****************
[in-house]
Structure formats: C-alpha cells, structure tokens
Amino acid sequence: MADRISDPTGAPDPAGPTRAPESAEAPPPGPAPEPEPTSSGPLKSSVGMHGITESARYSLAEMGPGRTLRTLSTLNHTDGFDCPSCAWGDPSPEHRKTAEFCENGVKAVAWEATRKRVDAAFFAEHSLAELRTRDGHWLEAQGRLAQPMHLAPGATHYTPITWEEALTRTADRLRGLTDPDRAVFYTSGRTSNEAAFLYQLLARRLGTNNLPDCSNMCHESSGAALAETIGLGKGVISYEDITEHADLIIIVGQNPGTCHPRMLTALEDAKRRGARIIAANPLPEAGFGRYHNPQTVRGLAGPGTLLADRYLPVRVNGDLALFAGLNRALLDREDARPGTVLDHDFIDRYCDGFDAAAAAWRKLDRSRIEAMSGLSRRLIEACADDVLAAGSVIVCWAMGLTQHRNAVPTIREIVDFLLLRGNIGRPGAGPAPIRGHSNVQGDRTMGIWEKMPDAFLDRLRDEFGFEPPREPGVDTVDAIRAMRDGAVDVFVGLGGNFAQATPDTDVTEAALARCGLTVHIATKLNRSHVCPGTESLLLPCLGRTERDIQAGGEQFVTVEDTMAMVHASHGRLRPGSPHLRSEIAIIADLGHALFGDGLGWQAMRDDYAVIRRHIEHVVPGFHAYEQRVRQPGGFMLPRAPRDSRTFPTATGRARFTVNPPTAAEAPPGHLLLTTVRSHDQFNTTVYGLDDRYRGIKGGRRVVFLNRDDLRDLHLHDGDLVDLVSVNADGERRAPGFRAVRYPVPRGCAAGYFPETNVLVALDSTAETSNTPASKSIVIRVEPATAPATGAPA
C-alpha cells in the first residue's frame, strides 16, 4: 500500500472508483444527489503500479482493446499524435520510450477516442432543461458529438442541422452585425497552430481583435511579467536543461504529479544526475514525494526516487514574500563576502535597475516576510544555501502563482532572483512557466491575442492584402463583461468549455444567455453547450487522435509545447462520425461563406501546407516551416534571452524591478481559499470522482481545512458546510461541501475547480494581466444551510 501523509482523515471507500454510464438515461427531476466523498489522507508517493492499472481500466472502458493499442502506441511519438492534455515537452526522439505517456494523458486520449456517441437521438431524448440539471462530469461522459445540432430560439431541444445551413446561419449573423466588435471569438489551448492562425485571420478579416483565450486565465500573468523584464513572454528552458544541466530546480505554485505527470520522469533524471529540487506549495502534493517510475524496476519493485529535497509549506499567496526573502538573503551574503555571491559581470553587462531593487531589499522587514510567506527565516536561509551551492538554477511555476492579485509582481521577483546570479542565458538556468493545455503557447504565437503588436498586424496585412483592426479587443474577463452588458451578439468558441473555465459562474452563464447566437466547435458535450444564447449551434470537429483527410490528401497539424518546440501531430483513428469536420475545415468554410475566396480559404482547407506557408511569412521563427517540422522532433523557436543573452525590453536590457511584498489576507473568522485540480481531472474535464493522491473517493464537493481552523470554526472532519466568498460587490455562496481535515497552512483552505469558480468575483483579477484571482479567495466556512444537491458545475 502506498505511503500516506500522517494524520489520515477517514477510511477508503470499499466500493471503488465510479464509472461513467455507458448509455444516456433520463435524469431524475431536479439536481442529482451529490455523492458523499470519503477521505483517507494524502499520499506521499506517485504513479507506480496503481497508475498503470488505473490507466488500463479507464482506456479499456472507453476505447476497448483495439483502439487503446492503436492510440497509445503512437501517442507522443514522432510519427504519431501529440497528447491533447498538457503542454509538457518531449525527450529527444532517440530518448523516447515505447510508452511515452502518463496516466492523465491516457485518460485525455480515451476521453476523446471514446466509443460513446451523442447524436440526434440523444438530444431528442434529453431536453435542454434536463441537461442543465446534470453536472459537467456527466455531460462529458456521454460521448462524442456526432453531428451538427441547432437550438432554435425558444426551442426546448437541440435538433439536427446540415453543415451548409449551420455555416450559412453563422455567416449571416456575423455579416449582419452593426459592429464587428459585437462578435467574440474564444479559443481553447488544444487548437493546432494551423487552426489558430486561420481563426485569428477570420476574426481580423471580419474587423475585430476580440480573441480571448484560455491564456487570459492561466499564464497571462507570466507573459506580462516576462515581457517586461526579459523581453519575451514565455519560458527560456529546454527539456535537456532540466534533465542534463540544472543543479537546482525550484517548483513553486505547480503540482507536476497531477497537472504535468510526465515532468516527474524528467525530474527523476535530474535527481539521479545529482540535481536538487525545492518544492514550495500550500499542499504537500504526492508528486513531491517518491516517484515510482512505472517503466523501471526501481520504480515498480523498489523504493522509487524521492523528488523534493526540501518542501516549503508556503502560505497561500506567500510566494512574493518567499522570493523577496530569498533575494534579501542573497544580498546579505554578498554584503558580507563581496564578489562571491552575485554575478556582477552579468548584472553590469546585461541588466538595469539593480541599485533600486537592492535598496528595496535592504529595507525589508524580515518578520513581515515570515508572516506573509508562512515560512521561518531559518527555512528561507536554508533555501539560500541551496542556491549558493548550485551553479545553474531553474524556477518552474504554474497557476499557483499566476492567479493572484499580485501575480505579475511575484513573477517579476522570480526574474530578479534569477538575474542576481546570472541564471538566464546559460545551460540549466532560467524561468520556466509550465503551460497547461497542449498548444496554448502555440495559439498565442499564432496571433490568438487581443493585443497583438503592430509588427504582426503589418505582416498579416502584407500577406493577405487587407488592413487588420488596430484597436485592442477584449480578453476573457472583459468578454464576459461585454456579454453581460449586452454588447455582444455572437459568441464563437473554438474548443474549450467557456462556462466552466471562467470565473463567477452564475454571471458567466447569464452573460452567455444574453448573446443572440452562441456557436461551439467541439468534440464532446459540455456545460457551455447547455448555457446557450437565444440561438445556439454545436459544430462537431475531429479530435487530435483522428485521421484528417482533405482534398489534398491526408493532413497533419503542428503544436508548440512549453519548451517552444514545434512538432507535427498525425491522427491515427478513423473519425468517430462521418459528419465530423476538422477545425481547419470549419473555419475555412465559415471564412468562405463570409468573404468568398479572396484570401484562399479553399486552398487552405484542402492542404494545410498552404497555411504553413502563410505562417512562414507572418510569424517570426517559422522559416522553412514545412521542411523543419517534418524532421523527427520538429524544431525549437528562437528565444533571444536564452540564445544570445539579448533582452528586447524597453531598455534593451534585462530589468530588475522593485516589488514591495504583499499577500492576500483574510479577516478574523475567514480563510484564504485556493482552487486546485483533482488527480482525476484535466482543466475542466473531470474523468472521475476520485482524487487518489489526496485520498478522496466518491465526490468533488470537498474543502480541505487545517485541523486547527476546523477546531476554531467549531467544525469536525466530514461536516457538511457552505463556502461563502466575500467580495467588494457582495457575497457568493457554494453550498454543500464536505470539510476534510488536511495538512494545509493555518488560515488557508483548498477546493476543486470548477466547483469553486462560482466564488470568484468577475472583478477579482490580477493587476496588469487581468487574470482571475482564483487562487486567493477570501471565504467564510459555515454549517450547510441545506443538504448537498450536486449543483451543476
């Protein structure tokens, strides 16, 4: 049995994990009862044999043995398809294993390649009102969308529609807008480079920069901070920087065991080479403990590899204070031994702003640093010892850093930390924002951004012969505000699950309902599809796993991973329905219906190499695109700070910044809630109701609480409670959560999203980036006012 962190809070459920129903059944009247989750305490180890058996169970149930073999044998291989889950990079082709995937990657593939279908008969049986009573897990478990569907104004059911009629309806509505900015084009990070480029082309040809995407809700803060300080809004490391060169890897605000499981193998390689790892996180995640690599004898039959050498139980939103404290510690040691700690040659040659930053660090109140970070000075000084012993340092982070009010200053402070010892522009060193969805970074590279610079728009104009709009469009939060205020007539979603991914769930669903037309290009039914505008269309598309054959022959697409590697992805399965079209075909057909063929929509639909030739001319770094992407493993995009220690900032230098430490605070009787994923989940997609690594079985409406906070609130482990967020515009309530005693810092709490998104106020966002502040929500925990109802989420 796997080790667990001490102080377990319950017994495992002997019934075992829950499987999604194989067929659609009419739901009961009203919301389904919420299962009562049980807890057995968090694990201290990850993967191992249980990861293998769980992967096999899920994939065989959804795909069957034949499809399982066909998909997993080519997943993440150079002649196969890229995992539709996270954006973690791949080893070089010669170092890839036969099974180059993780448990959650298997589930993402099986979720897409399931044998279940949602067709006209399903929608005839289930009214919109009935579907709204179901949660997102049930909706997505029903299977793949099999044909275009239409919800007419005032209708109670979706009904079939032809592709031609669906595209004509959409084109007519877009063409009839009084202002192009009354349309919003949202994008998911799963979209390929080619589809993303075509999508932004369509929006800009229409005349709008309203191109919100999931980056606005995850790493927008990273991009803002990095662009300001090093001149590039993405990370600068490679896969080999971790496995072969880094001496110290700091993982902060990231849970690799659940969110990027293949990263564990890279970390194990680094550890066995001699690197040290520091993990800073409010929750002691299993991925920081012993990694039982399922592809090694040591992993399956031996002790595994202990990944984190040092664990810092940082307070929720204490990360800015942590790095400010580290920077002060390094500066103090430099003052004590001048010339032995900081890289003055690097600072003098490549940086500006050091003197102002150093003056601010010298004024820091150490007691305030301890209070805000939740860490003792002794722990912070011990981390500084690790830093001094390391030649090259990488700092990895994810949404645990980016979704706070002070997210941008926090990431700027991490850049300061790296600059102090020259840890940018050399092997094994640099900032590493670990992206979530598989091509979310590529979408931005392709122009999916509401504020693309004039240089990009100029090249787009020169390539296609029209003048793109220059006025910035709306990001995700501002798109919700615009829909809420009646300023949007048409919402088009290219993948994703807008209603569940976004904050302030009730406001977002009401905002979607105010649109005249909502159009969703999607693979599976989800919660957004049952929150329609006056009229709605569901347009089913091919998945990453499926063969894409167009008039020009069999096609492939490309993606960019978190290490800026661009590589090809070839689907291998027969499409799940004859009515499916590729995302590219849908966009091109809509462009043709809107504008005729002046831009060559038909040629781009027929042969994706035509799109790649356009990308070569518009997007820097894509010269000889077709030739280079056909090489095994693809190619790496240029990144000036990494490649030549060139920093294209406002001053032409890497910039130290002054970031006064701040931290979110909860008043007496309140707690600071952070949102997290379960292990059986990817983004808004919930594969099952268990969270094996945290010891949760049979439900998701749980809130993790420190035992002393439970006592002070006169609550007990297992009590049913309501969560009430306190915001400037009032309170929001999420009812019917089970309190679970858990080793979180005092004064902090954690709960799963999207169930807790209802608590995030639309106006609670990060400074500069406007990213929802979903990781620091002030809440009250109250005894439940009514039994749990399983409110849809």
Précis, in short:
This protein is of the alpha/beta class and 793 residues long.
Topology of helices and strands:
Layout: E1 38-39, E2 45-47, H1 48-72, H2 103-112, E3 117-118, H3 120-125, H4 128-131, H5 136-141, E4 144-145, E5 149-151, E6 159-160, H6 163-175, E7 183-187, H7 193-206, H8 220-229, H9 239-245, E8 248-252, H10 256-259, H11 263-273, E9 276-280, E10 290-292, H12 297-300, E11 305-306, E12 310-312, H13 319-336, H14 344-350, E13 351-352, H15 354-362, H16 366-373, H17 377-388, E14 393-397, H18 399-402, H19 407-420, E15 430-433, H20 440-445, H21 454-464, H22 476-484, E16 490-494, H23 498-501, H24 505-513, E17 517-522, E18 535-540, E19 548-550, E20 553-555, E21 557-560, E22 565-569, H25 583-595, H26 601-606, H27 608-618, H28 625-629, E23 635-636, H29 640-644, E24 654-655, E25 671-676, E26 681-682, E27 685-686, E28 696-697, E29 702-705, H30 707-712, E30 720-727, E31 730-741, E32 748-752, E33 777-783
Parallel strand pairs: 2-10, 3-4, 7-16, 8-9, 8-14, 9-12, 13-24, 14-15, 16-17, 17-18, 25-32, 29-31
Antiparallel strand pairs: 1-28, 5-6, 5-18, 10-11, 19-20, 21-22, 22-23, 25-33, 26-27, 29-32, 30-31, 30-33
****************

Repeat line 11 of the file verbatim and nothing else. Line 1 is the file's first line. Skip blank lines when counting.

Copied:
Antiparallel strand pairs: 1-28, 5-6, 5-18, 10-11, 19-20, 21-22, 22-23, 25-33, 26-27, 29-32, 30-31, 30-33